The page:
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Why the iPad is anything but doomed

Ted Landau | Dec. 9, 2014
Tis the season to dis the iPad. What's going on exactly? How could a product that has been such a huge success, the leader of Apple's march to the "post-PC" era, suddenly seem like week-old turkey leftovers?

Tis the season to dis the iPad. What's going on exactly? How could a product that has been such a huge success, the leader of Apple's march to the "post-PC" era, suddenly seem like week-old turkey leftovers?

Over the past few years, the iPad has steadily expanded into domains traditionally dominated by laptops. The iPad is now the primary or only computing device for a significant segment of the mobile market. More and more, people on the go are leaving their laptops at home, taking only their iPads.

With increasingly sophisticated iOS apps, such as GarageBand and the Microsoft Office suite, iPads have also been shedding their reputation as "consumption-only" devices and staking a claim as a productivity tool. As touted in Apple's "What will your verse be" ads, iPads are finding their way into a wide variety of settings — from schools, to hospitals, to bands, to art studios, to sports training, to science labs, to cockpits, and to almost any imaginable outdoor activity. As you watched the ads, you had to acknowledge that iPads generally worked better in these settings than a MacBook would have.

The iPad mini has been an especially bright star. The original 2012 iPad mini took off strongly right out of the starting gate. It was well-timed to counter the growing popularity of smaller sized Android tablets. But it was the 2013 iPad mini with Retina display that really soared. Identical to the iPad Air except for its size, the majority of reviews touted the mini as the preferred choice. Advocates argued that the mini was more convenient to carry and easier to hold, outweighing the advantages of the Air's larger display. Plus the mini was cheaper.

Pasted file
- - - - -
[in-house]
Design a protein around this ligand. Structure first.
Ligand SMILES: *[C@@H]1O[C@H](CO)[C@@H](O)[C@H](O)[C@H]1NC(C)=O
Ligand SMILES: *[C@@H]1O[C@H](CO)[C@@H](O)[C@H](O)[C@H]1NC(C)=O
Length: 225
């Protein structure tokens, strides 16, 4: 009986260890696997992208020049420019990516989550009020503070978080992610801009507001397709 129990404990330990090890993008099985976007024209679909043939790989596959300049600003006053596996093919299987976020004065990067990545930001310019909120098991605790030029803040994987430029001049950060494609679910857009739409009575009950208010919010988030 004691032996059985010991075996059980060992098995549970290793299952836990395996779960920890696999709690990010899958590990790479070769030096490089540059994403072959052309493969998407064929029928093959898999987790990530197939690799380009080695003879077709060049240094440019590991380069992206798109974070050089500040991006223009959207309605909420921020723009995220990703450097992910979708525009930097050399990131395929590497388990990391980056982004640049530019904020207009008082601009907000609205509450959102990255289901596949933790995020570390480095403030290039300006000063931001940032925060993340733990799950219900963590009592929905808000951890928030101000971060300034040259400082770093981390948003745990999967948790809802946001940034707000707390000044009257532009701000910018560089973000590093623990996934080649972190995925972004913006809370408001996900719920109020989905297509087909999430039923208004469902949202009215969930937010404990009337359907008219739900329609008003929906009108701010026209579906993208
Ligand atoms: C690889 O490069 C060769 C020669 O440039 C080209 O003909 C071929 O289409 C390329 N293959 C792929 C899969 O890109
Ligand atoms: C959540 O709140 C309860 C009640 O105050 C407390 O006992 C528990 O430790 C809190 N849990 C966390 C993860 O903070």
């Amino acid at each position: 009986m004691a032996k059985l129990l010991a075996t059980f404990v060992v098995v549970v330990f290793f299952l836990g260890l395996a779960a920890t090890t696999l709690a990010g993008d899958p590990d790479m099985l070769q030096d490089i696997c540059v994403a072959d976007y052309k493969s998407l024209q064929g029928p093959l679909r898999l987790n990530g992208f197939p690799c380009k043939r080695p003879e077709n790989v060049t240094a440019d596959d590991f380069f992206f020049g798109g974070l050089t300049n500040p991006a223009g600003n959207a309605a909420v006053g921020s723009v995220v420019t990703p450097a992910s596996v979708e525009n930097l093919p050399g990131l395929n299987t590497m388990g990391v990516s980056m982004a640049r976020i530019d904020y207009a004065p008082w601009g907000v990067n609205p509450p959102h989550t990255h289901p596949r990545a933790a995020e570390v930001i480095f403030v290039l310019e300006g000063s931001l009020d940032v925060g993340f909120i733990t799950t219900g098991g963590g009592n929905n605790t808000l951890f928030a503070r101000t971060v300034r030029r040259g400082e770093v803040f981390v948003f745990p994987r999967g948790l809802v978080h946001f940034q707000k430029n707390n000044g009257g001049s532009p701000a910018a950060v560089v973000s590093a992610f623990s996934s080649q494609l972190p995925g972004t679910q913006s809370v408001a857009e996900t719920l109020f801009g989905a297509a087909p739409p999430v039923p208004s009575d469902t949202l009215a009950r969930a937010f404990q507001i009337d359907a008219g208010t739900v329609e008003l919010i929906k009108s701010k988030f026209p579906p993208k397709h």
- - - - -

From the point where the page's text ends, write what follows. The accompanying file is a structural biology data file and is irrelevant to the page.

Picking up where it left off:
Users agreed. As cited by Mashable, the "iPad mini accounted for about 60% of total quarterly iPad shipments" by the end of 2013. This growth trend continued into 2014.

iPads, especially the mini, were on a roll and were expected to continue growing in sales and market share.

Fast forward a year

How the landscape has changed!

According to a succession of reports, there has been an overall decline in tablet sales of all brands. Most notably for Apple, the iPad experienced its first year-over-year decline.

In perhaps a more ominous sign, IDC reported that Google's Chromebook has overtaken the iPad as the number one computer in the U.S. education market. This is especially troubling for Apple — because what students become familiar with in school often determines their purchasing preferences for the rest of their lives.

What happened?

How did things sour so fast? There doesn't seem to be one single explanation.

 

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